The grueling schedule of rehabilitating orphan bear cubs

This report was filed by Polina Shershneva, IFAW Russia Communications & Development Officer, after a visit to the Orphan Bears Rehabilitation Center. Read about how these bears were admitted to the center in WATCH: Three more bear cubs arrive for rehabilitation at Russia center and First two rescued bear cubs arrive at Russia center. --MD

Since the beginning of February, five bear cubs have arrived at the International Fund for Animal Welfare’s Orphan Bears Rehabilitation Center. Right now, they are approximately 2.5 months old, and they are considered to be “babies.”

Bears are extremely difficult to rehabilitate, as the animal gets used to humans and their smell extremely fast. What’s more, one bear’s behavior may negatively influence the entire group of bear cubs, making the rehabilitation of the group much more difficult.

This year there is a veterinary student from Poland named Maria Magdalena volunteering with the Center. She first read about the bear cubs rehabilitation project on the International Fund for Animal Welfare website and reached out to offer her services.

When we met, she had already spent 1.5 months at the Center and was planning to stay helping until May, and then visit the Center again later to participate in the release. Right now, under Sergey Pazhetnov's supervision Maria selflessly takes care of the bear cubs. Every four hours she takes part in the feeding. Her only break for sleep is from 1 to 6 am. She prepares milk formula, feeds bear cubs from the bottle, helps with weighing them and maintains the development log for each bear cub, noting how they eat and react to the food.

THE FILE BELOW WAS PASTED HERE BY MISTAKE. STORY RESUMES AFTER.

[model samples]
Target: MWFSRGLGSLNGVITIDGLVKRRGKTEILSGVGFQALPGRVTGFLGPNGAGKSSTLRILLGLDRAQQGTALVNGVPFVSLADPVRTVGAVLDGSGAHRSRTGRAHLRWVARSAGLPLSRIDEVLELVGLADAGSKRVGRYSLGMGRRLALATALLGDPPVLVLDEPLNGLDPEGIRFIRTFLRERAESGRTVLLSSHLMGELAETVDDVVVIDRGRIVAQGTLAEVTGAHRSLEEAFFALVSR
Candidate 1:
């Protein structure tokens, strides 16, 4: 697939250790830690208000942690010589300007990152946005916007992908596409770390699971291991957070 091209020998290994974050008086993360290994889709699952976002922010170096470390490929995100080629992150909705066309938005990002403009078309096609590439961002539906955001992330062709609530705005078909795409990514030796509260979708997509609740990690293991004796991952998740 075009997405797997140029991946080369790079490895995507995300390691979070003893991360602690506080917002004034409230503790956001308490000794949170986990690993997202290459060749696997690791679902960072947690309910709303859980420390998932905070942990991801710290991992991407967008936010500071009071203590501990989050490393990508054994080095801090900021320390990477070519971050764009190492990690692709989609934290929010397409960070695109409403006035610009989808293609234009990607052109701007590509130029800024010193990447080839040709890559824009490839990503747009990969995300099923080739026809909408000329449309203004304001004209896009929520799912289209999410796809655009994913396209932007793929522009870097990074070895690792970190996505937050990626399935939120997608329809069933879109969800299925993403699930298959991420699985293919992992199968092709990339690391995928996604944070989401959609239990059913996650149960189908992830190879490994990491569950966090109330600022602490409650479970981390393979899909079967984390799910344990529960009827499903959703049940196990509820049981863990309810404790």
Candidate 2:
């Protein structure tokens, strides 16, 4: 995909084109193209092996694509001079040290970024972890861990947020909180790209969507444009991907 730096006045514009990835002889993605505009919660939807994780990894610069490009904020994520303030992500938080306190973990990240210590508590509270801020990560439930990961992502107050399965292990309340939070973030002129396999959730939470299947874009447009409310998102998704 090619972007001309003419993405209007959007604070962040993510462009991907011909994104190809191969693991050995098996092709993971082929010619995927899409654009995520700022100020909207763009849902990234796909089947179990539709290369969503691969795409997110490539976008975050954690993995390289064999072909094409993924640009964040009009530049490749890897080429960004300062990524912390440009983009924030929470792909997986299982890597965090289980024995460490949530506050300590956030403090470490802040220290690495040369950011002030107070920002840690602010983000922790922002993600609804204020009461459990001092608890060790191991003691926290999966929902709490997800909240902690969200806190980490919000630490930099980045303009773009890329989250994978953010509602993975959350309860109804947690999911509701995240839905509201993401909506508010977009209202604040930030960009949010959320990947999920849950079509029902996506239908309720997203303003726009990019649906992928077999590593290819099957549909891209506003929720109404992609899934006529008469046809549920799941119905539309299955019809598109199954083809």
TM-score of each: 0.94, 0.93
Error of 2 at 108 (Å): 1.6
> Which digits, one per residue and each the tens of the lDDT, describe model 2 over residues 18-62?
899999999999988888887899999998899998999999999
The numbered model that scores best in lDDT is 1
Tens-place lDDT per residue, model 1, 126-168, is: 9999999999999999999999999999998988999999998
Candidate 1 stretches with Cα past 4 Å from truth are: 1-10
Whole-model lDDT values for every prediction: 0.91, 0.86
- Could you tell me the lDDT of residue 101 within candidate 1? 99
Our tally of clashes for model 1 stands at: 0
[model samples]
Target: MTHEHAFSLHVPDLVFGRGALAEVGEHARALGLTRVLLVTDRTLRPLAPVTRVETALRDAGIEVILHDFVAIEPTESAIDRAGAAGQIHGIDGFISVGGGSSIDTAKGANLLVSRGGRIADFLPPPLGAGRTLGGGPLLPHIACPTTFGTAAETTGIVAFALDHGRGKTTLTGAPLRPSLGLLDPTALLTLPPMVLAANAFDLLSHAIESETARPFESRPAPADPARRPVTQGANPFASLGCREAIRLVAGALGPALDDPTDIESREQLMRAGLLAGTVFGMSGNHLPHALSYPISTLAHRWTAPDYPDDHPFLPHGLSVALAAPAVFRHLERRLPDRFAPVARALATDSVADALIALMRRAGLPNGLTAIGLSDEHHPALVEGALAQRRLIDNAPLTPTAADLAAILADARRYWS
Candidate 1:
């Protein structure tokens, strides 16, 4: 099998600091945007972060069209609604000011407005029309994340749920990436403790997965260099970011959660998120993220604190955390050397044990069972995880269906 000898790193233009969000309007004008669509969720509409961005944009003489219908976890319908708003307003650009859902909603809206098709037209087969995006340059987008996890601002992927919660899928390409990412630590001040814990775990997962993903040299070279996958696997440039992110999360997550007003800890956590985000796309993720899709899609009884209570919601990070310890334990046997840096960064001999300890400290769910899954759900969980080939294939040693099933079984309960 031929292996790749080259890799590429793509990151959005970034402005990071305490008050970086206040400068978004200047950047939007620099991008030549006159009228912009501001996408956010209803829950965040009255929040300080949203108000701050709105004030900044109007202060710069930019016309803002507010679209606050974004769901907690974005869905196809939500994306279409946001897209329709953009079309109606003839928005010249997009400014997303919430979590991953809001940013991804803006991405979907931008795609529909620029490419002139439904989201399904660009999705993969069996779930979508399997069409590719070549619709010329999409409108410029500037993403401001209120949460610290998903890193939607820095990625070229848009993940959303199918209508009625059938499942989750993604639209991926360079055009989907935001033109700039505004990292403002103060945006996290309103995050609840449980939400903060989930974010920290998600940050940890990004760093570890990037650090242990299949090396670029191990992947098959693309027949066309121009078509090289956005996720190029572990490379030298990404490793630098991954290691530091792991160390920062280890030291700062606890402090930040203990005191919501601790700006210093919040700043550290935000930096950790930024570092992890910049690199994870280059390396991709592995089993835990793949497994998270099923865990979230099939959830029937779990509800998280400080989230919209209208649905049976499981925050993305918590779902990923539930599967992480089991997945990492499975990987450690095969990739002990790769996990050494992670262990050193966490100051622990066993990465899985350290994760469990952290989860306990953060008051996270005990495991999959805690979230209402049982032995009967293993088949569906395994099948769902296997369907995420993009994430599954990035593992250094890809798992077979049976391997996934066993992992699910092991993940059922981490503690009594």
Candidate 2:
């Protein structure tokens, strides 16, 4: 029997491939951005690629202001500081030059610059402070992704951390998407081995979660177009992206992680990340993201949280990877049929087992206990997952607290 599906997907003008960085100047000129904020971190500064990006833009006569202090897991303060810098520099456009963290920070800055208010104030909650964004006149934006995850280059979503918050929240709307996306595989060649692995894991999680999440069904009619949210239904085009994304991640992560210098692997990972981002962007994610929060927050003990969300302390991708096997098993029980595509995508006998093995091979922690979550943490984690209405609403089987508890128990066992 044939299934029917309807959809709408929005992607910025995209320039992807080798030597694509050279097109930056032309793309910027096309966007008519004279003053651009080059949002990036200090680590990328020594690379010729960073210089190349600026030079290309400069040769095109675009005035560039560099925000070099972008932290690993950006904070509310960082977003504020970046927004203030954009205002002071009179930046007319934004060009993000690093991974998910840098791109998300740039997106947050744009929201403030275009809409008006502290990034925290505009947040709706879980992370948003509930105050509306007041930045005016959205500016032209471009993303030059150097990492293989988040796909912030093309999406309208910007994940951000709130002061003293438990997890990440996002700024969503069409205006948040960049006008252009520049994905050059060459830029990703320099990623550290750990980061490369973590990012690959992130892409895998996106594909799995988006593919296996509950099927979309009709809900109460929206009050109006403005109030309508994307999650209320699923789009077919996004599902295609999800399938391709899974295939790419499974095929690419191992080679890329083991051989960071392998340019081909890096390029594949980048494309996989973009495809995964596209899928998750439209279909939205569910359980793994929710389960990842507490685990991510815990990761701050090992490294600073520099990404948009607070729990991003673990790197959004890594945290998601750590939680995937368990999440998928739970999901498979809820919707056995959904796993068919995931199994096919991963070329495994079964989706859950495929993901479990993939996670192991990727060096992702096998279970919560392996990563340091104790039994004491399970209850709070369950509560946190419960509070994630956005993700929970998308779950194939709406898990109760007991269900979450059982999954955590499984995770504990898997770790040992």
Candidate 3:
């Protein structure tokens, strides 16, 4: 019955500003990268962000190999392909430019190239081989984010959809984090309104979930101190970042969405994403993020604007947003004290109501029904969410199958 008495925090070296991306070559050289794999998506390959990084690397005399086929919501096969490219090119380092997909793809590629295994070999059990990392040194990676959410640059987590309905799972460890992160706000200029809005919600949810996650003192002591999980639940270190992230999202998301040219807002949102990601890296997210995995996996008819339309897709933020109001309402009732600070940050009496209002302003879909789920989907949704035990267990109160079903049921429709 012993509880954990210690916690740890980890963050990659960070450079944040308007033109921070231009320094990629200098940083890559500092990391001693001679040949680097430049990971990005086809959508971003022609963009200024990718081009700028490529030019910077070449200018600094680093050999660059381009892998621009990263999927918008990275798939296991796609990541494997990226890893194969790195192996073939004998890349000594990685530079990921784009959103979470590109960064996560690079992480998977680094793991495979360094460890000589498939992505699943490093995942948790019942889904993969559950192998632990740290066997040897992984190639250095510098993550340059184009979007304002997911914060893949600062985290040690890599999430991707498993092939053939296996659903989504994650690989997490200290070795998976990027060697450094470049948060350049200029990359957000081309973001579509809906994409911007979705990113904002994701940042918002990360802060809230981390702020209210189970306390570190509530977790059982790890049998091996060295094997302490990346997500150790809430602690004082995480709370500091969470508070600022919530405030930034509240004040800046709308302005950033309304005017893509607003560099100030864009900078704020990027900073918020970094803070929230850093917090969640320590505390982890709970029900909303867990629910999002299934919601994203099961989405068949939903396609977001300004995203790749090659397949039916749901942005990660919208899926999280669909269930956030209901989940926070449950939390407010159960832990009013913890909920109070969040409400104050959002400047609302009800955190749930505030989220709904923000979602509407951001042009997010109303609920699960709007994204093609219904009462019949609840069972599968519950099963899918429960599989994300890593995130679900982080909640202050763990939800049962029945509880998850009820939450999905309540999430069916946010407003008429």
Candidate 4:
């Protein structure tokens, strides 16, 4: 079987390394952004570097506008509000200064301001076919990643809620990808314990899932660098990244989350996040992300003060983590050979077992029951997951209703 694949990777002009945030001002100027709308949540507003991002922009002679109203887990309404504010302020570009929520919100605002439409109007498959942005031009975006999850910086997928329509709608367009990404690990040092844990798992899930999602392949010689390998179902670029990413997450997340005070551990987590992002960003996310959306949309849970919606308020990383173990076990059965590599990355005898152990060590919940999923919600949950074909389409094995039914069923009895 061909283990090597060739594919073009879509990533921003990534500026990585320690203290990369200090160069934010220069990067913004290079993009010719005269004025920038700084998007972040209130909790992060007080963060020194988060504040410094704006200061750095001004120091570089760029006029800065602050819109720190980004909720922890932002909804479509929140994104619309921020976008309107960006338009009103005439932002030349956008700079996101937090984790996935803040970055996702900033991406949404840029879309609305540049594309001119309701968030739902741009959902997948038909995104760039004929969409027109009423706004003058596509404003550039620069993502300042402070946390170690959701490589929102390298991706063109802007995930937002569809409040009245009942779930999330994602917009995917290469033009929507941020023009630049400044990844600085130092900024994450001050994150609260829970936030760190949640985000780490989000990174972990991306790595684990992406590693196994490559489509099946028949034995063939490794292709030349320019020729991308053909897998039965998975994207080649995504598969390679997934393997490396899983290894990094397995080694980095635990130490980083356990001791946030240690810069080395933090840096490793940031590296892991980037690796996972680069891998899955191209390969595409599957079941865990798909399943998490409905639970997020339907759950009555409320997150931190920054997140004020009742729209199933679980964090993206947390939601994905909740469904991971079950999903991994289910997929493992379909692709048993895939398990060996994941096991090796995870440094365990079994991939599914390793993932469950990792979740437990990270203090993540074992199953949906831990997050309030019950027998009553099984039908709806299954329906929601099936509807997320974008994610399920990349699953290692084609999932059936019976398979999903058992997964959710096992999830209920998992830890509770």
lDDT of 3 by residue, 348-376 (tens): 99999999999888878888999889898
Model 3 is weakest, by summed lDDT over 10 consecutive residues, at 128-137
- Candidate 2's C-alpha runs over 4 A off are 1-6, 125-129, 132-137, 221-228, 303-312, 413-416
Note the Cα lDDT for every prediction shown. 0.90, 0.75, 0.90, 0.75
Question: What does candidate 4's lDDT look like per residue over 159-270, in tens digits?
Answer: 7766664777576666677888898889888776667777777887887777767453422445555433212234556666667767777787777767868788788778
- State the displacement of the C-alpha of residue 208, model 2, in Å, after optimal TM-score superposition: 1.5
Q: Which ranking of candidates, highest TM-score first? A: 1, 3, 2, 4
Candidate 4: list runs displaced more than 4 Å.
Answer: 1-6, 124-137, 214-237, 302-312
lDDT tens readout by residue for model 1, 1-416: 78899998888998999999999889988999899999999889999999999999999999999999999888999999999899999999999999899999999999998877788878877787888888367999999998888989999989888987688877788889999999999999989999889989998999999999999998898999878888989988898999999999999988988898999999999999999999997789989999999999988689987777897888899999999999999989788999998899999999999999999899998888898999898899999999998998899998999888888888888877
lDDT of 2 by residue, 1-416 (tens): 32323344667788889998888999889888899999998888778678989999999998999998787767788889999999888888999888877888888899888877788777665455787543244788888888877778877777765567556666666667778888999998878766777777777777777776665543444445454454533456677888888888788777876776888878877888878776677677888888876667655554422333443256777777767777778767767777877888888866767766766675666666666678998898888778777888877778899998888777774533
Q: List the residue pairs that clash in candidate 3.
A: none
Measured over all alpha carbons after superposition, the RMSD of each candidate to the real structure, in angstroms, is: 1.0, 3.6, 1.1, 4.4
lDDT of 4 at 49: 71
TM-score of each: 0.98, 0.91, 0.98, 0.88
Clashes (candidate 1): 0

During a specially appointed time, I was allowed to see the feeding. First, the special milk formula was put into feeding bottles. Everyone put on special sterile coats and slippers. Then we entered into a house with subdued lighting. The bear cubs were in a cot with plywood doors, which is called the “play room” by the staff (there is a structure made from sturdy tree branches inside). When the bear cubs heard humans approaching, they started scurrying around and making sounds similar to roaring or bleating. They were already hungry.